BIRMINGHAM, Ala. (WBRC) - The death of beloved actor and philanthropist Chadwick Boseman after a battle with colon cancer, at just 43-years-old, has revived the conversation about what age you should begin getting screened.
Dr. Nipun Reddy, Medical Director of the Kirklin Clinic Gastroenterology and Hepatology Clinic and Endoscopy Unit said the American Cancer Society changed the recommendation for the first colon screening from age 50 to 45 several years ago due to an uptick in cases specifically in African Americans.
Both African American men and women are at increased risk of developing colon cancer.
In fact, the demographic is the only group, according to Dr. Reddy, that has seen an increase in cases in the last decade, while other ethnicities are declining.
Dr. Reddy explained one of the reasons for Black people being more at risk is a lack of access to care or not getting screened due to a lack of knowledge about risks.
He also said lifestyle plays a role.
“A sedentary lifestyle, a diet that’s high in processed meats- red meats, alcohol, smoking,” said Dr. Reddy.
There is also growing concern about the type of lesions found in Black people.
“African Americans are getting right-sided lesions in their colon and they tend to have a more poor prognosis compared to other parts of the colon,” Reddy explained.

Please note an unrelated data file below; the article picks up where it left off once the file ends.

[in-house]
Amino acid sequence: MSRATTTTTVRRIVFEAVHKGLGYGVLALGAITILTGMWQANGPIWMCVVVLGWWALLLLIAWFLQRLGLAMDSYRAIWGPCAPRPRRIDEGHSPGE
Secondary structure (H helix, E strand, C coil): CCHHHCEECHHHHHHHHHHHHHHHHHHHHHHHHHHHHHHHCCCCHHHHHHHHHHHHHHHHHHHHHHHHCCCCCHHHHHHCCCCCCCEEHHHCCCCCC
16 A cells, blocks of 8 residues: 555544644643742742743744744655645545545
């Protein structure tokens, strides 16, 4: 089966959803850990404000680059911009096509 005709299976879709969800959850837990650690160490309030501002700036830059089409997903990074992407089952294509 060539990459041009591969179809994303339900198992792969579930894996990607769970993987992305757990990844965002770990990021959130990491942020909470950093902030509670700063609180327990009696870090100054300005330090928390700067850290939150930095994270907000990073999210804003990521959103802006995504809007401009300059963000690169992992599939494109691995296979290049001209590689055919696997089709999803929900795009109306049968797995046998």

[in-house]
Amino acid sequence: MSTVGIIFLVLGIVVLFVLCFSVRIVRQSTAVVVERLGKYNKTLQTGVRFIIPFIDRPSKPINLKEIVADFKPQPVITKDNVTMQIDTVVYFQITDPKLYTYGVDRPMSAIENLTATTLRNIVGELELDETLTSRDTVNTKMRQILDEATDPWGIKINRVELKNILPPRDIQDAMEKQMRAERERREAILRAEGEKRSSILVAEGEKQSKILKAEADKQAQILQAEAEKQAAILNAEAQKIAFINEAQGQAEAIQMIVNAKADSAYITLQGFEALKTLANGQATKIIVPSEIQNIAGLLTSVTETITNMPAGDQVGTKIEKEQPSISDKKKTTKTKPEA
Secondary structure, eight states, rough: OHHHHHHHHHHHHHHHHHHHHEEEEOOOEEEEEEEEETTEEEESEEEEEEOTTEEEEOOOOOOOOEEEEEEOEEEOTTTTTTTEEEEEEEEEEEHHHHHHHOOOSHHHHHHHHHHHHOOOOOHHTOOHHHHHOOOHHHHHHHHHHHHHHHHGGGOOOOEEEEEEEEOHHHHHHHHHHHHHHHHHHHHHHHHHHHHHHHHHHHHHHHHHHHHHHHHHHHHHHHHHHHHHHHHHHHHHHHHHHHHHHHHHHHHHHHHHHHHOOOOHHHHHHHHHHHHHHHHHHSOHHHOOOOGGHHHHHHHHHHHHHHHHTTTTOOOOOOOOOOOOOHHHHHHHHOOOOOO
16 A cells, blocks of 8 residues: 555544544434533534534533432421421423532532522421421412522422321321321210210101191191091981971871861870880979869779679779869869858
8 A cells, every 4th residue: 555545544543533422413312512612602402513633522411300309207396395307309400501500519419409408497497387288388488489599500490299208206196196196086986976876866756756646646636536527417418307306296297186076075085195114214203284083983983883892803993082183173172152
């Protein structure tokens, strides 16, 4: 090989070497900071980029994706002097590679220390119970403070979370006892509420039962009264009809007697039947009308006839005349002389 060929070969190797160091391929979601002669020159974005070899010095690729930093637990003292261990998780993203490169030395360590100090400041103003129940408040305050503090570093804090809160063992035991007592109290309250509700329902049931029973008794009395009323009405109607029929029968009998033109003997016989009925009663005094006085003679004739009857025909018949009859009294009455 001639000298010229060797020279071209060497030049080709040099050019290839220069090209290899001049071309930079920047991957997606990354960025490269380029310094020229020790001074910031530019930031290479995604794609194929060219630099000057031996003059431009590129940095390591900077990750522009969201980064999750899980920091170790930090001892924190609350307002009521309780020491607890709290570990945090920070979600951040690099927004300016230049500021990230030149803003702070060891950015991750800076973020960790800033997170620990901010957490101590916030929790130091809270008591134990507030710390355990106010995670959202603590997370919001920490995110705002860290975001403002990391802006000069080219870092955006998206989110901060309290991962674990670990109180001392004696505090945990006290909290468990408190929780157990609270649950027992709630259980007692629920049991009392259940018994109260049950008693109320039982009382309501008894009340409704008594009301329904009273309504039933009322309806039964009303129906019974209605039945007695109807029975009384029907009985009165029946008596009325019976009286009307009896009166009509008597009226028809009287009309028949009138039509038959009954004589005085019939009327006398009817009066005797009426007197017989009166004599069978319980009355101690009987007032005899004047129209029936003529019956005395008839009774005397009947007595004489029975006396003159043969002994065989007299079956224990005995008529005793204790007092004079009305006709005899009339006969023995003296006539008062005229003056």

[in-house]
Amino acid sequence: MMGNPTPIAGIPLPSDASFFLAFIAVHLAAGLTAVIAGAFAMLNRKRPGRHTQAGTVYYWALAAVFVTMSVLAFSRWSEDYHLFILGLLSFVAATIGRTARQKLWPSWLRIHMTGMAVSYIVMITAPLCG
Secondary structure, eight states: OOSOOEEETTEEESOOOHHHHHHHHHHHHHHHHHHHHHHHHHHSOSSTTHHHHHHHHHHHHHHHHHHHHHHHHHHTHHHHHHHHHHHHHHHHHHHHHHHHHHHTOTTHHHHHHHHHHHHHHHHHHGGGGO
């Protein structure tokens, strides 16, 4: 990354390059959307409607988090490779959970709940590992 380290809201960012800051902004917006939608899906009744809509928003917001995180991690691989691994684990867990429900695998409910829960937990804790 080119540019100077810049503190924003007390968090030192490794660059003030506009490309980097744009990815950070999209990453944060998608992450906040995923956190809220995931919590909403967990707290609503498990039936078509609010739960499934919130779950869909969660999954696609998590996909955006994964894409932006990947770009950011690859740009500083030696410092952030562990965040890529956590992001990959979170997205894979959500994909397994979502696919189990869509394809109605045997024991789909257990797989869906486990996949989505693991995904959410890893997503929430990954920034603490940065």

Those types of lesions, he says, can lead to a higher risk of colon cancer.
There are symptoms to look out for in all age groups.
“Rectal bleeding... significant unintended weight loss... and any sudden change in bowel habits, meaning you’re becoming more constipated or having more diarrhea,” Reddy advised.
Dr. Reddy said if you have a family history of colon cancer and you’re not at the recommended age for screenings, you can always talk to your doctor about what steps to take.
As for what a colonoscopy is like, Dr. Reddy said getting patients over the fear of the procedure is a major obstacle.
The patient is put under anesthesia and the procedure usually takes about 30 to 60 minutes.
“I’ve had patients say they don’t remember the procedure happening. They always tell me their biggest fear is the procedure but it almost always goes smoothly,” Reddy said.